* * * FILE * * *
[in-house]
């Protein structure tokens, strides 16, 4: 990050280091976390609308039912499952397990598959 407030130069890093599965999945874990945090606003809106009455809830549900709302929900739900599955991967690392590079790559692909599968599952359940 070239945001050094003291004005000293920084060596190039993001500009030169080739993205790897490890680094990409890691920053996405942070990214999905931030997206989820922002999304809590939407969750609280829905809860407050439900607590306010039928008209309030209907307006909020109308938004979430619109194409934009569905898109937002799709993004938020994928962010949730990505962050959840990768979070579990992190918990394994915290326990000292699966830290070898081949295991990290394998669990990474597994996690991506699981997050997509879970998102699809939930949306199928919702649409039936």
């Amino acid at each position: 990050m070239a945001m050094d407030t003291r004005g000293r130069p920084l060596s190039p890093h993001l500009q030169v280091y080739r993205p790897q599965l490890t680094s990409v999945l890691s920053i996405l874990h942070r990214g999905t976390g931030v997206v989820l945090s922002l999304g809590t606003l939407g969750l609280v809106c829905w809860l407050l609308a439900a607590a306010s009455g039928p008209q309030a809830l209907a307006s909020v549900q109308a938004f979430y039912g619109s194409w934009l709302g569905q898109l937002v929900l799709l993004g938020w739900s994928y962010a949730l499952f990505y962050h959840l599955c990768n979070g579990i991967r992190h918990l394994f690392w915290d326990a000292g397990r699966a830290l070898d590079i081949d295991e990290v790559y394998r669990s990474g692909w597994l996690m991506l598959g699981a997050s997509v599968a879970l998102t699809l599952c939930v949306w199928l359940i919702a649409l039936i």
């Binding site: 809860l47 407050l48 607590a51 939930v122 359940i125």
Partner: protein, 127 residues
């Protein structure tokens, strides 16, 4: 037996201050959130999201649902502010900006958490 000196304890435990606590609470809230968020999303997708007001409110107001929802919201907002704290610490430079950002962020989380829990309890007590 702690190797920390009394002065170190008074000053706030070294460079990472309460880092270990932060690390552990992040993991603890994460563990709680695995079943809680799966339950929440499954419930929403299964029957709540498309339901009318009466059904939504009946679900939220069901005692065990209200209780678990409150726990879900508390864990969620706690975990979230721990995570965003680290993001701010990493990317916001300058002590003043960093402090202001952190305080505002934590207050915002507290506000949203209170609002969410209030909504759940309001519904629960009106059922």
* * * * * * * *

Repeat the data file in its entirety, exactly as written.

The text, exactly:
[in-house]
């Protein structure tokens, strides 16, 4: 990050280091976390609308039912499952397990598959 407030130069890093599965999945874990945090606003809106009455809830549900709302929900739900599955991967690392590079790559692909599968599952359940 070239945001050094003291004005000293920084060596190039993001500009030169080739993205790897490890680094990409890691920053996405942070990214999905931030997206989820922002999304809590939407969750609280829905809860407050439900607590306010039928008209309030209907307006909020109308938004979430619109194409934009569905898109937002799709993004938020994928962010949730990505962050959840990768979070579990992190918990394994915290326990000292699966830290070898081949295991990290394998669990990474597994996690991506699981997050997509879970998102699809939930949306199928919702649409039936």
């Amino acid at each position: 990050m070239a945001m050094d407030t003291r004005g000293r130069p920084l060596s190039p890093h993001l500009q030169v280091y080739r993205p790897q599965l490890t680094s990409v999945l890691s920053i996405l874990h942070r990214g999905t976390g931030v997206v989820l945090s922002l999304g809590t606003l939407g969750l609280v809106c829905w809860l407050l609308a439900a607590a306010s009455g039928p008209q309030a809830l209907a307006s909020v549900q109308a938004f979430y039912g619109s194409w934009l709302g569905q898109l937002v929900l799709l993004g938020w739900s994928y962010a949730l499952f990505y962050h959840l599955c990768n979070g579990i991967r992190h918990l394994f690392w915290d326990a000292g397990r699966a830290l070898d590079i081949d295991e990290v790559y394998r669990s990474g692909w597994l996690m991506l598959g699981a997050s997509v599968a879970l998102t699809l599952c939930v949306w199928l359940i919702a649409l039936i």
């Binding site: 809860l47 407050l48 607590a51 939930v122 359940i125």
Partner: protein, 127 residues
């Protein structure tokens, strides 16, 4: 037996201050959130999201649902502010900006958490 000196304890435990606590609470809230968020999303997708007001409110107001929802919201907002704290610490430079950002962020989380829990309890007590 702690190797920390009394002065170190008074000053706030070294460079990472309460880092270990932060690390552990992040993991603890994460563990709680695995079943809680799966339950929440499954419930929403299964029957709540498309339901009318009466059904939504009946679900939220069901005692065990209200209780678990409150726990879900508390864990969620706690975990979230721990995570965003680290993001701010990493990317916001300058002590003043960093402090202001952190305080505002934590207050915002507290506000949203209170609002969410209030909504759940309001519904629960009106059922």